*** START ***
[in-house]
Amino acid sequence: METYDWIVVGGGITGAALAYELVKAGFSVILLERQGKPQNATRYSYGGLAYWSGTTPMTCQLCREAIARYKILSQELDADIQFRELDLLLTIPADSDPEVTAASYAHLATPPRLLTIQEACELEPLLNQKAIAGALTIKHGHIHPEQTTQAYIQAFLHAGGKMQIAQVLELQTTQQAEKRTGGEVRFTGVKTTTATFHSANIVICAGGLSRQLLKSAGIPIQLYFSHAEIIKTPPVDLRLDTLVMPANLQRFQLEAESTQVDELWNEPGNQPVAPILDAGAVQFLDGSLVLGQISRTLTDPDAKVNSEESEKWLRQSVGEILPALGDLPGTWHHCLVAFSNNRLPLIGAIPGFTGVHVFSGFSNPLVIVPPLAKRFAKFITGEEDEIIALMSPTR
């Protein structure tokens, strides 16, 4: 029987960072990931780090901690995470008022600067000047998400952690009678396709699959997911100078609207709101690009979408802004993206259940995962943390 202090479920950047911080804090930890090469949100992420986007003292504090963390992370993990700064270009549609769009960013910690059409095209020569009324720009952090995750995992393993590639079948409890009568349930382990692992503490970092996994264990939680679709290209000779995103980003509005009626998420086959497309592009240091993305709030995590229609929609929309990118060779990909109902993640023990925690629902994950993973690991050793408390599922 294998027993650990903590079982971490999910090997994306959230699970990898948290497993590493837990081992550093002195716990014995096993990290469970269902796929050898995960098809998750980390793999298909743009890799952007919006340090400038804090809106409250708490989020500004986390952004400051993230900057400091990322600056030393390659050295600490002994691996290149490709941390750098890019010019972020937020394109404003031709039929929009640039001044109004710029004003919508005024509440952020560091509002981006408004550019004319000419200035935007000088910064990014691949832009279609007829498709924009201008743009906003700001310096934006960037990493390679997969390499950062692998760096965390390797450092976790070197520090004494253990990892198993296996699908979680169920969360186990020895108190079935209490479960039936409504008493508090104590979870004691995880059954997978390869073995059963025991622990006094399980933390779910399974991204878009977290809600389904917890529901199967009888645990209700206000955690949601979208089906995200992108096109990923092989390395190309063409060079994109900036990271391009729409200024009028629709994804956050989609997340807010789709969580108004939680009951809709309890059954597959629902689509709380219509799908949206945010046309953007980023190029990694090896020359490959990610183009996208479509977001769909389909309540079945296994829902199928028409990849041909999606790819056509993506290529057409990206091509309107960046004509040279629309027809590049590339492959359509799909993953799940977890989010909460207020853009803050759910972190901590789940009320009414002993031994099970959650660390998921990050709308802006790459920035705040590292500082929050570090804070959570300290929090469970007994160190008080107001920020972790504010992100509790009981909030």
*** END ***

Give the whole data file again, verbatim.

[in-house]
Amino acid sequence: METYDWIVVGGGITGAALAYELVKAGFSVILLERQGKPQNATRYSYGGLAYWSGTTPMTCQLCREAIARYKILSQELDADIQFRELDLLLTIPADSDPEVTAASYAHLATPPRLLTIQEACELEPLLNQKAIAGALTIKHGHIHPEQTTQAYIQAFLHAGGKMQIAQVLELQTTQQAEKRTGGEVRFTGVKTTTATFHSANIVICAGGLSRQLLKSAGIPIQLYFSHAEIIKTPPVDLRLDTLVMPANLQRFQLEAESTQVDELWNEPGNQPVAPILDAGAVQFLDGSLVLGQISRTLTDPDAKVNSEESEKWLRQSVGEILPALGDLPGTWHHCLVAFSNNRLPLIGAIPGFTGVHVFSGFSNPLVIVPPLAKRFAKFITGEEDEIIALMSPTR
């Protein structure tokens, strides 16, 4: 029987960072990931780090901690995470008022600067000047998400952690009678396709699959997911100078609207709101690009979408802004993206259940995962943390 202090479920950047911080804090930890090469949100992420986007003292504090963390992370993990700064270009549609769009960013910690059409095209020569009324720009952090995750995992393993590639079948409890009568349930382990692992503490970092996994264990939680679709290209000779995103980003509005009626998420086959497309592009240091993305709030995590229609929609929309990118060779990909109902993640023990925690629902994950993973690991050793408390599922 294998027993650990903590079982971490999910090997994306959230699970990898948290497993590493837990081992550093002195716990014995096993990290469970269902796929050898995960098809998750980390793999298909743009890799952007919006340090400038804090809106409250708490989020500004986390952004400051993230900057400091990322600056030393390659050295600490002994691996290149490709941390750098890019010019972020937020394109404003031709039929929009640039001044109004710029004003919508005024509440952020560091509002981006408004550019004319000419200035935007000088910064990014691949832009279609007829498709924009201008743009906003700001310096934006960037990493390679997969390499950062692998760096965390390797450092976790070197520090004494253990990892198993296996699908979680169920969360186990020895108190079935209490479960039936409504008493508090104590979870004691995880059954997978390869073995059963025991622990006094399980933390779910399974991204878009977290809600389904917890529901199967009888645990209700206000955690949601979208089906995200992108096109990923092989390395190309063409060079994109900036990271391009729409200024009028629709994804956050989609997340807010789709969580108004939680009951809709309890059954597959629902689509709380219509799908949206945010046309953007980023190029990694090896020359490959990610183009996208479509977001769909389909309540079945296994829902199928028409990849041909999606790819056509993506290529057409990206091509309107960046004509040279629309027809590049590339492959359509799909993953799940977890989010909460207020853009803050759910972190901590789940009320009414002993031994099970959650660390998921990050709308802006790459920035705040590292500082929050570090804070959570300290929090469970007994160190008080107001920020972790504010992100509790009981909030």